Healthcare in France

What coverage are you entitled to?

Healthcare in France

Since January 2016, all expatriates relocating to France are eligible for public healthcare providing they can prove they’ve been consistently living in France for at least three months.

Temporary/short-term stays

A temporary/short-term stay in France is classed as a stay of 90 days or less. Conditions for healthcare during this time depend on your nationality. If you are a citizen of a member state of the EU/EEA (or Switzerland), during this time you can access healthcare using your European Health Insurance Card (EHIC) . Some countries have a bilateral agreement with France  that ensure you are covered for healthcare during this time, but this coverage is normally limited to emergency healthcare. Whether your country has such a deal or not, if you are not a citizen of a EU/EEA member state, you are advised to take out private insurance for the duration of your temporary stay.

Long-term stays

If you are staying in France long-term (over 90 days) you must enroll in the social security system (sécurité sociale) and register with Caisee Primaire d'Assurance Maladie (CPAM), France's principal health insurance fund.


France’s universal healthcare system allows all residents to easily access healthcare. Expats that have proof of ‘stable and regular residence’ for three consecutive months (principal home for these three months has been in France and will continue to be for six months of every year after), can access healthcare through Protection Universelle Maladie (PUMA). This healthcare can also be topped up with complementary cover. Find out more about the PUMA scheme and complementary cover here.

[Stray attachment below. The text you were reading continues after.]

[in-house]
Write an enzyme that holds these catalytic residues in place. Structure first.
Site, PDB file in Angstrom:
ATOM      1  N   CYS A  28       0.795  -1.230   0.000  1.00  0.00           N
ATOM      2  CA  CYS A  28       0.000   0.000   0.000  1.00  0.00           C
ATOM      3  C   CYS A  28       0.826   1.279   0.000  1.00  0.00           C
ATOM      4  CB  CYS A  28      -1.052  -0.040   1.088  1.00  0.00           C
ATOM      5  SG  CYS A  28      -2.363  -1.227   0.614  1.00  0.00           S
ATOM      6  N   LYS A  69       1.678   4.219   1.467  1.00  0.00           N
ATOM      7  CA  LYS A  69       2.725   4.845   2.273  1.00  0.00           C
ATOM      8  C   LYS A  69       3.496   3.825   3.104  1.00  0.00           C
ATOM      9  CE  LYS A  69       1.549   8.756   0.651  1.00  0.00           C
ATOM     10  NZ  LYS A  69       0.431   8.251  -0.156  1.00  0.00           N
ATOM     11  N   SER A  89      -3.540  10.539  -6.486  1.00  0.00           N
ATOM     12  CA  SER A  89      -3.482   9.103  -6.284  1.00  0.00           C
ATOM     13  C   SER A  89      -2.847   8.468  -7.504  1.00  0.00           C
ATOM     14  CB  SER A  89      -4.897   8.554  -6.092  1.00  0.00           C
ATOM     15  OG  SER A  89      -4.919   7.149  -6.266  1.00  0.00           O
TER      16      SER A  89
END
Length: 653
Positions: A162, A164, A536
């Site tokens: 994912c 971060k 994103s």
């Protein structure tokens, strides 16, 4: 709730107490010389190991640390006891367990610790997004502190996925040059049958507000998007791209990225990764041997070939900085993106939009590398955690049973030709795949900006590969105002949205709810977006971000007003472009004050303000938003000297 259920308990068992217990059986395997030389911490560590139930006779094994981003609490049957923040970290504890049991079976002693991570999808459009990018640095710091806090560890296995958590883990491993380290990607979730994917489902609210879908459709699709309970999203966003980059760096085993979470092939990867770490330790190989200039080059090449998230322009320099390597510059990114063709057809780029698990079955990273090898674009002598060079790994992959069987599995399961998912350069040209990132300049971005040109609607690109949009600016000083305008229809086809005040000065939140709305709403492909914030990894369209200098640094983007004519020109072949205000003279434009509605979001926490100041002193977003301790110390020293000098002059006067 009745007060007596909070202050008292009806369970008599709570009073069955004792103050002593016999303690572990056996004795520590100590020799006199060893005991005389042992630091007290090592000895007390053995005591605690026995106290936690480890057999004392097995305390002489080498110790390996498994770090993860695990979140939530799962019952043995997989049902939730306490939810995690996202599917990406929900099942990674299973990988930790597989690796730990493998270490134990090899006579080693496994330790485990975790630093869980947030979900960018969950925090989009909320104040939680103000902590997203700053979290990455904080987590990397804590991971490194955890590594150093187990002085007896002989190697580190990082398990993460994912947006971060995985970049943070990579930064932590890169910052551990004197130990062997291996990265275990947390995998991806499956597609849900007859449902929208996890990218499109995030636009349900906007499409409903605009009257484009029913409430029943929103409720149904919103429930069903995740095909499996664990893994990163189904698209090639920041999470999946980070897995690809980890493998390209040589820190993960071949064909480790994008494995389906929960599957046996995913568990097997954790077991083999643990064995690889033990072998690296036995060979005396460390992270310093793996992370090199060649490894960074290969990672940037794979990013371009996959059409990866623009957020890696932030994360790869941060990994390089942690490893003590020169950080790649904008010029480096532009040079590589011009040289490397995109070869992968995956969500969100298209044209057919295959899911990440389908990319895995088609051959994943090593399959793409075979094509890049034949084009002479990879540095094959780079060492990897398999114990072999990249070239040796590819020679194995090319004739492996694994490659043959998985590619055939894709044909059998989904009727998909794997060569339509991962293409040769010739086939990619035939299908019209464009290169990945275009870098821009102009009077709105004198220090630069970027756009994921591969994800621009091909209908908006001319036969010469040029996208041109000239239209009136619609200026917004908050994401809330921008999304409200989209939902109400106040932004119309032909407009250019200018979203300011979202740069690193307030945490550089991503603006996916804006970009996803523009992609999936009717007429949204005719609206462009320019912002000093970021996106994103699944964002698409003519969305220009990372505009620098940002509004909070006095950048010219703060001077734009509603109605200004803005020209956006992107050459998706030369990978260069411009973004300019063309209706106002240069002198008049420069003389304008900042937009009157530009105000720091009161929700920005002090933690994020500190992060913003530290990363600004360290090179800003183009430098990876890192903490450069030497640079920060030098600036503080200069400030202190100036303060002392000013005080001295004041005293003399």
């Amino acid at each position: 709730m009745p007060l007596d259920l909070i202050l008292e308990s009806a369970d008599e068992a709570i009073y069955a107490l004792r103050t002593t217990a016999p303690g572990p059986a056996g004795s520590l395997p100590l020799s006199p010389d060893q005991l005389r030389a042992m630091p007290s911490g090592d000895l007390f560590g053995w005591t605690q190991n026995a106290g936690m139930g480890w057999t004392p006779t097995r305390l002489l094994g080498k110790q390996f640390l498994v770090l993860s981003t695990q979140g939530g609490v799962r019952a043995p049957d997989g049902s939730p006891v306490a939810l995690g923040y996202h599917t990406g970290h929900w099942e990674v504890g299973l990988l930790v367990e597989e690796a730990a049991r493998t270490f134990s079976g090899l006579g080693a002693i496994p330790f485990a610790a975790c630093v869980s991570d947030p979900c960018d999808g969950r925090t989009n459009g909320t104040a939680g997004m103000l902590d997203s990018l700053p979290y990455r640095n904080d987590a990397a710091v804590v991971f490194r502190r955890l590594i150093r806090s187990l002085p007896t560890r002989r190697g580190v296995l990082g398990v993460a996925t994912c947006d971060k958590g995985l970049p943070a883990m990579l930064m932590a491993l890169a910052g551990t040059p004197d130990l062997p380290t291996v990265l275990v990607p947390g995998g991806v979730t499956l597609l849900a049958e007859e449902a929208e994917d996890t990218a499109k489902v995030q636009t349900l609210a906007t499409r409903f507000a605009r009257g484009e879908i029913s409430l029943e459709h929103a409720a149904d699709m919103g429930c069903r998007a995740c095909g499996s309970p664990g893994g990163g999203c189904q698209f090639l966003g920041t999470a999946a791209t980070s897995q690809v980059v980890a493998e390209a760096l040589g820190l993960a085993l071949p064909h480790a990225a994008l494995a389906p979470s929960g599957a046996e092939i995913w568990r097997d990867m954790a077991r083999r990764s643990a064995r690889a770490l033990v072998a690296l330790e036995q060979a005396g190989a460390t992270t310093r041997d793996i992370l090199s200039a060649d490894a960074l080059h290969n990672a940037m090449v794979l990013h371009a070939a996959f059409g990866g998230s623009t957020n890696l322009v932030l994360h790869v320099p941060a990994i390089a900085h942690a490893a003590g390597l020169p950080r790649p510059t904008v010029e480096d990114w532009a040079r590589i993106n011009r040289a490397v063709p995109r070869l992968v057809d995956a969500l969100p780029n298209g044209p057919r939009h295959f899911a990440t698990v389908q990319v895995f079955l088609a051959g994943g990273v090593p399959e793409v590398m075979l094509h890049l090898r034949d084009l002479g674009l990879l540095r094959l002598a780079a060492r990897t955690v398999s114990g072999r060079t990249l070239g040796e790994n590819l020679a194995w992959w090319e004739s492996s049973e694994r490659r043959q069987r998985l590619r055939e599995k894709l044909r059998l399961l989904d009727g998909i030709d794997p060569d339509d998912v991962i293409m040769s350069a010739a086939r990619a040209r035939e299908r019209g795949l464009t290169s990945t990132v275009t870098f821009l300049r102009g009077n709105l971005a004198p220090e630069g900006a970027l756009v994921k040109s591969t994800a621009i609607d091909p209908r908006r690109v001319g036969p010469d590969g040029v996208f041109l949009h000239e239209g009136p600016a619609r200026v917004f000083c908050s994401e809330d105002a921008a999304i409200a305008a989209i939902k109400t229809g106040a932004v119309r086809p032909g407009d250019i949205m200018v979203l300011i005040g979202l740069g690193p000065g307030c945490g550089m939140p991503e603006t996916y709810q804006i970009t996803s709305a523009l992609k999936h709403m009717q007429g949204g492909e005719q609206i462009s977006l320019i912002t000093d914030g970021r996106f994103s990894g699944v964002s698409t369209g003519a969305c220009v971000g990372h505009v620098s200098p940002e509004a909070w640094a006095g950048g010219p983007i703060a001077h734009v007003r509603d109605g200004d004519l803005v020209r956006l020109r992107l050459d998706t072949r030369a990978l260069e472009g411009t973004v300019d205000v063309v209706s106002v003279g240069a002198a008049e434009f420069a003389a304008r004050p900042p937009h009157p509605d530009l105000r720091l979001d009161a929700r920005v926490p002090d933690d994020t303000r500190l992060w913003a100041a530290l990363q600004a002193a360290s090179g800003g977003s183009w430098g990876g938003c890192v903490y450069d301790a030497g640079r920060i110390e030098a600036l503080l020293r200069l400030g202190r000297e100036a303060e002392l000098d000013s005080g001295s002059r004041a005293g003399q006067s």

Before you are able to prove ‘stable and regular residence’, you will need an alternative form of healthcare. EU/EEA (plus Switzerland) member country citizens will be covered by their European Health Insurance Card. Non-EU/EEA member country citizens will need private health insurance.


Retired expats from EU/EEA member countries receiving a state pension from their home country can access public healthcare under PUMA providing they have an S1 certificate (formerly E121). With this certificate, you do not need to pay into the French social security system in order to access public healthcare.

Retired expats from non-EU/EEA member countries are treated the same as other non-EU/EEA member country citizens; when able to prove ‘stable and regular residence’ for three consecutive months, you are eligible for public healthcare under PUMA. In the meantime, you will need private insurance.


If you are working in France, it is not necessary to wait the three months required to access healthcare as a resident. You will have immediate access to public healthcare under PUMA through your social security contributions (cotisations sociales).


Healthcare coverage for students depends on nationality, length of stay, and age: 

  • EU/EEA member country citizens (plus Switzerland): covered by valid European Health Insurance Card.
  • Non EU/EEA member country citizens staying for less than three months: need private health insurance.
  • Non EU/EEA member country citizens older than 28 staying over three months: access under PUMA scheme.
  • Non EU/EEA member country citizens younger than 28 staying over three months: you must enrol for student social security (sécurité sociale étudiante) with a student health insurance organisation. With this, you will receive reimbursements of up to 70% for your medical costs. Find out more here .

Further reading

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